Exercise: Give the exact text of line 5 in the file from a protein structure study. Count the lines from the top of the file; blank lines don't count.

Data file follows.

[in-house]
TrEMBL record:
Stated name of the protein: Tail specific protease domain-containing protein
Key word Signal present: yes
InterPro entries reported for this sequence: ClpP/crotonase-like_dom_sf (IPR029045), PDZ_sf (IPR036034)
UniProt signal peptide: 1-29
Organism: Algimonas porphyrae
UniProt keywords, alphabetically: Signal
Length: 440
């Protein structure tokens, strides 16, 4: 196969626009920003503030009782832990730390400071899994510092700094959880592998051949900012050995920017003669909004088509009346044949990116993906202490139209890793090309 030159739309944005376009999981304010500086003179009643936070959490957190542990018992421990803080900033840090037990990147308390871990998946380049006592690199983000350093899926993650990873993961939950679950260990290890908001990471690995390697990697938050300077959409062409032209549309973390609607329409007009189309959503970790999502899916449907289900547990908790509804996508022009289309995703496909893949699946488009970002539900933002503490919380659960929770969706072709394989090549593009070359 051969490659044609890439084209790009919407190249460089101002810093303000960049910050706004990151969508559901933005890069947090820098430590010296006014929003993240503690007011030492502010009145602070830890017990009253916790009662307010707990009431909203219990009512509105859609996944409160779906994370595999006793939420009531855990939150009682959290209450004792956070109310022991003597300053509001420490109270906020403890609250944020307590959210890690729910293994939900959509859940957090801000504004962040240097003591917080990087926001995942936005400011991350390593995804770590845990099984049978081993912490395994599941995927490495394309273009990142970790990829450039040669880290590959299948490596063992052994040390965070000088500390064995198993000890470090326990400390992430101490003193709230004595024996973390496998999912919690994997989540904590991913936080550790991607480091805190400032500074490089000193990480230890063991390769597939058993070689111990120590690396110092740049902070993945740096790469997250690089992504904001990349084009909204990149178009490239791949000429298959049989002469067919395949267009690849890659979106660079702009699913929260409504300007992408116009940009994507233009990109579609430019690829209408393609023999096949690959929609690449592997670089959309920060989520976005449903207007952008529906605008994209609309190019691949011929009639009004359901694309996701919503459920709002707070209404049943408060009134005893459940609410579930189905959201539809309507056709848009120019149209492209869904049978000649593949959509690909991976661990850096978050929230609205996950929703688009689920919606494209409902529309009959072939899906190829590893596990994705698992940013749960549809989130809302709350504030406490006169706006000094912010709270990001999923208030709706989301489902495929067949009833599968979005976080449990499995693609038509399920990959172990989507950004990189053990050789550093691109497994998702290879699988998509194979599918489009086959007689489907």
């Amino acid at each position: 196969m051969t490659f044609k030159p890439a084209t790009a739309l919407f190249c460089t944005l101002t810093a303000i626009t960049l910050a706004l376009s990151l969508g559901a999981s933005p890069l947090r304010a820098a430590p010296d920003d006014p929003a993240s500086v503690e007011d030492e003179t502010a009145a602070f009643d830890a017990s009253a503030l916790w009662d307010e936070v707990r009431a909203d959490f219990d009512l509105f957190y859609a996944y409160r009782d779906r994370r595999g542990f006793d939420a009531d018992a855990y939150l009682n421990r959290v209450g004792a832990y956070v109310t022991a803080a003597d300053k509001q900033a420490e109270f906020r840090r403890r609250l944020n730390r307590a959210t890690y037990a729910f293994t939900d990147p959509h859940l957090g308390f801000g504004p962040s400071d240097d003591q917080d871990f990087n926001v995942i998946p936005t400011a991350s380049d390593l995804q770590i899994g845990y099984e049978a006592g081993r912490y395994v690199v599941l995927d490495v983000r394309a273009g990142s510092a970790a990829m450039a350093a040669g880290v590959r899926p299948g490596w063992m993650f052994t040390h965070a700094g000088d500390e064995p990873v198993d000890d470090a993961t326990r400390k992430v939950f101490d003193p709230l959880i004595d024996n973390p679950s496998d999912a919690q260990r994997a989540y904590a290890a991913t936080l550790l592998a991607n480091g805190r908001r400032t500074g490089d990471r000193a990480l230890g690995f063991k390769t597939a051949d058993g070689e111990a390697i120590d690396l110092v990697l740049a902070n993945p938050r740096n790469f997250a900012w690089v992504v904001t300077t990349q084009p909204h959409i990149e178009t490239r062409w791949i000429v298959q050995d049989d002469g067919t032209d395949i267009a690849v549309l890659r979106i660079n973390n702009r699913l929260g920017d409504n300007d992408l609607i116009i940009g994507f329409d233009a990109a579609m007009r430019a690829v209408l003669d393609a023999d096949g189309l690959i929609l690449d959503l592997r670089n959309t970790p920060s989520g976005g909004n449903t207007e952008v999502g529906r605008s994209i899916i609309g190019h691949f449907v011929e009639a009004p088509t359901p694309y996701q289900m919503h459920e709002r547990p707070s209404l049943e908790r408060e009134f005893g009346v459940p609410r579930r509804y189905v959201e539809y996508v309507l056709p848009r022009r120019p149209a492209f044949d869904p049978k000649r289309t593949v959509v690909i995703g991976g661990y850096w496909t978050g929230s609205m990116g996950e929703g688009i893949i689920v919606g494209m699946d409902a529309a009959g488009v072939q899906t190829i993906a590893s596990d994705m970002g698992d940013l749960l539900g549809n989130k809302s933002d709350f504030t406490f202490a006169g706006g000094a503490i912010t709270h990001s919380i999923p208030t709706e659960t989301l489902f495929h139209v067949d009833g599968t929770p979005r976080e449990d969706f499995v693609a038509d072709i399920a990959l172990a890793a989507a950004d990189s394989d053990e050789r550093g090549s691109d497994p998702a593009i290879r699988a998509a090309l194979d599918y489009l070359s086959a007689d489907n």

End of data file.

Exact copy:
InterPro entries reported for this sequence: ClpP/crotonase-like_dom_sf (IPR029045), PDZ_sf (IPR036034)